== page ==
One of the greatest advantages incumbents have is ready access to information about voters and district voting patterns. This often opens up opportunities for “vote buying” — by any of a range of inducements. Vote-buying is especially pervasive in a decentralised political environment, where electoral mobilisation is driven by pre-election service delivery.

These patterns of vote-buying are evident across the world, where otherwise well-intentioned politicians — who have to rely on weak bureaucracies or a culture of under-performance in service delivery — may readily intervene with governance interventions to sway elections.

This is a perverse type of “clientelism” — the provision of targeted benefits from state resources in exchange for political support. In some cases, notably in India, clientelism is given effect through identity-based political networks. What this means is that a national or provincial leader may identify “their own” people as the first base of distributing largesse for electoral support. Incumbency provides, therefore, a kind of security blanket.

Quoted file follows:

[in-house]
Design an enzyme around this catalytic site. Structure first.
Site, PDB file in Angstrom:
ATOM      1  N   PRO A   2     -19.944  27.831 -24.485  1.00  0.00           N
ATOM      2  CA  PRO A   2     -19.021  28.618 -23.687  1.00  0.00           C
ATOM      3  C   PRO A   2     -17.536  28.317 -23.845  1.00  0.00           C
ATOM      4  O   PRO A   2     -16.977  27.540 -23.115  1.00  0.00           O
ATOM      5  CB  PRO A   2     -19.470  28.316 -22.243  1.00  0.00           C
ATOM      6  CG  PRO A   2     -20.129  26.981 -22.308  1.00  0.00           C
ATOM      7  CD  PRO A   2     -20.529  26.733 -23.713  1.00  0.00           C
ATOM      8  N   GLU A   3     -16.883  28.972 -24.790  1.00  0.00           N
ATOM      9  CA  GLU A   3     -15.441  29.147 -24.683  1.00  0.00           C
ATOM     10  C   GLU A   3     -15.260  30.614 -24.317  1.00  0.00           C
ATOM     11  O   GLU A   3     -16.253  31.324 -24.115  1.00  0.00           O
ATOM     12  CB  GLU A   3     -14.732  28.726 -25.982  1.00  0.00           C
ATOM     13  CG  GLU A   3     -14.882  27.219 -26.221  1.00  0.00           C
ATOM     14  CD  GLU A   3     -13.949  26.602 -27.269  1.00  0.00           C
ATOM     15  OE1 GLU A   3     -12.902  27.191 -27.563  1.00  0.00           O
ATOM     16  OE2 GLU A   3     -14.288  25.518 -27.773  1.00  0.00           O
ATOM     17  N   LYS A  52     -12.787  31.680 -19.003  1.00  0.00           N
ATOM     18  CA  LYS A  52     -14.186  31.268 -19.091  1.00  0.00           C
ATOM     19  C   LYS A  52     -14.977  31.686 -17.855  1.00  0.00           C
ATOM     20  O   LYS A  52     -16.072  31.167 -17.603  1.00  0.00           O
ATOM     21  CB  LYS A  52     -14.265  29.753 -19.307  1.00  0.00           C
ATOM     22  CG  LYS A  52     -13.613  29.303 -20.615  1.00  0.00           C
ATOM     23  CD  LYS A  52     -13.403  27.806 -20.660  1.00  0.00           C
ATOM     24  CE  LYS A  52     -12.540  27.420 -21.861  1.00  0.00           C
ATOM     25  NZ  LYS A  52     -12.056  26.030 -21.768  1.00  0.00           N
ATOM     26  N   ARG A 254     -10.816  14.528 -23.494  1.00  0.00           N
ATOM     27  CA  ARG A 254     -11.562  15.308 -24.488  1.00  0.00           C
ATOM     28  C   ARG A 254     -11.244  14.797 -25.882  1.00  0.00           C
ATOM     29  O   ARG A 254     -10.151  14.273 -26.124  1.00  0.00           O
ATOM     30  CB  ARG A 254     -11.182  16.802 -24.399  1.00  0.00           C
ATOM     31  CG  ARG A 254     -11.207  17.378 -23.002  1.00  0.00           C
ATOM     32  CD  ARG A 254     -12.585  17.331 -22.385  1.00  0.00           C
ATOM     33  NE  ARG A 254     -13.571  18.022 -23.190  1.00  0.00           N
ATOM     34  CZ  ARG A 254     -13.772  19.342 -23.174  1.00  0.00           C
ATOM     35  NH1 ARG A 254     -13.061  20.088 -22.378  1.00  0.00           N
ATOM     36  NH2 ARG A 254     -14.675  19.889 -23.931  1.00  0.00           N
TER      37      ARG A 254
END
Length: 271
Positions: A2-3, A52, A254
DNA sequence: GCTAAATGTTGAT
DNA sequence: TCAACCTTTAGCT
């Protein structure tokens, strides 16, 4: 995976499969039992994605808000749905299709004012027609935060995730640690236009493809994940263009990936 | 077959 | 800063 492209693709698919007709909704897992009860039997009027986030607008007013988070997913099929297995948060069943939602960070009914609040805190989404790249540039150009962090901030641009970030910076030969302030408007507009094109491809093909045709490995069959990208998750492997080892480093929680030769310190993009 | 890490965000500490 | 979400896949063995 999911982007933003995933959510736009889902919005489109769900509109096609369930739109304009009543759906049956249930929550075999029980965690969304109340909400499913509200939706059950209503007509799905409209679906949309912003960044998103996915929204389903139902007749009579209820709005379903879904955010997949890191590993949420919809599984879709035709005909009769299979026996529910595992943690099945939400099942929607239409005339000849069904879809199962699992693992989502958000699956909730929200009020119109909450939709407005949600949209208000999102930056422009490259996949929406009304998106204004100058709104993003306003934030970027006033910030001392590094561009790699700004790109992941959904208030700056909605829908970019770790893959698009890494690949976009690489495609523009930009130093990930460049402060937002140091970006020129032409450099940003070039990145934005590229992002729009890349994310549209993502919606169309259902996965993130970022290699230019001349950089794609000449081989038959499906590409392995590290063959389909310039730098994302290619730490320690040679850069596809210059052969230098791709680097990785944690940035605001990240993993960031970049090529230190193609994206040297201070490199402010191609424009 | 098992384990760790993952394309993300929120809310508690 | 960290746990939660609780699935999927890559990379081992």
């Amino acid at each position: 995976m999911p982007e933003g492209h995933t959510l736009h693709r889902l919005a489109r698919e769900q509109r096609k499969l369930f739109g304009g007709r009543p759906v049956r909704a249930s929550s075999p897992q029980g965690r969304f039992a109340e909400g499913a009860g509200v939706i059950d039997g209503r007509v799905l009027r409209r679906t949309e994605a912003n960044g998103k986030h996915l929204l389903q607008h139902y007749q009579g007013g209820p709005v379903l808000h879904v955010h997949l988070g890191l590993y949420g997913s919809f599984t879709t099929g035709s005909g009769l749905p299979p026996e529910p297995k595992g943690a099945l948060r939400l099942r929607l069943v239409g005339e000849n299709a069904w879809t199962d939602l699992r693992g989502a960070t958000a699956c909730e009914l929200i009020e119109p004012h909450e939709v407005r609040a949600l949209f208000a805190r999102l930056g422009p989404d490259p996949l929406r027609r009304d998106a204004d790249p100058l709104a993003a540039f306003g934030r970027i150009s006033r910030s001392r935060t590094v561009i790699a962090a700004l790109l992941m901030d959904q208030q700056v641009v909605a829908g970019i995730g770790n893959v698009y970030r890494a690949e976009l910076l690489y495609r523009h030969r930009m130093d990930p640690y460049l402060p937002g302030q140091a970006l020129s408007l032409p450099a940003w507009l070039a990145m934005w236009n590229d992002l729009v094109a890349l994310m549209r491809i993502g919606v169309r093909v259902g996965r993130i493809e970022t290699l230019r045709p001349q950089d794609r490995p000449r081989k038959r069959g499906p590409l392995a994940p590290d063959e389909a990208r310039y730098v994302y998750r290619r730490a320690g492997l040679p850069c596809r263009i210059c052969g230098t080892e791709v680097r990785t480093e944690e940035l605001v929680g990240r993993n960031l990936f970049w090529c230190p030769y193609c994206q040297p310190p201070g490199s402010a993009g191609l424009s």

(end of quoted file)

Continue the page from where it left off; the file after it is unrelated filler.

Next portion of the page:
The ANC as an incumbent, and the cost of ruling

Incumbency can also be a burden. In a liberal capitalist democracy — especially in the highly developed countries of the European world — the electorate can tire easily of a leader after they have been in office for more than one or two terms. We should probably not extrapolate this to Africa willy-nilly. In Ethiopia, Haile Selassie was in power for 44 years, Muammar Gaddafi ruled Libya for nearly 42 years until his death in 2011 and Gabon’s Omar Bongo Ondimba ruled for more than 42 years until his death in 2009.

South Africa is different from most African countries in that it has had five successful, fairly free elections, with the ANC in power with a democratic mandate for more than two decades. This extended period, where the South African president was always also the leader of the ruling party, has come at a high price. Given the nexus between the state, the party and the country — described above — the public service and state-owned enterprises and state agencies were staffed mainly by the ruling party.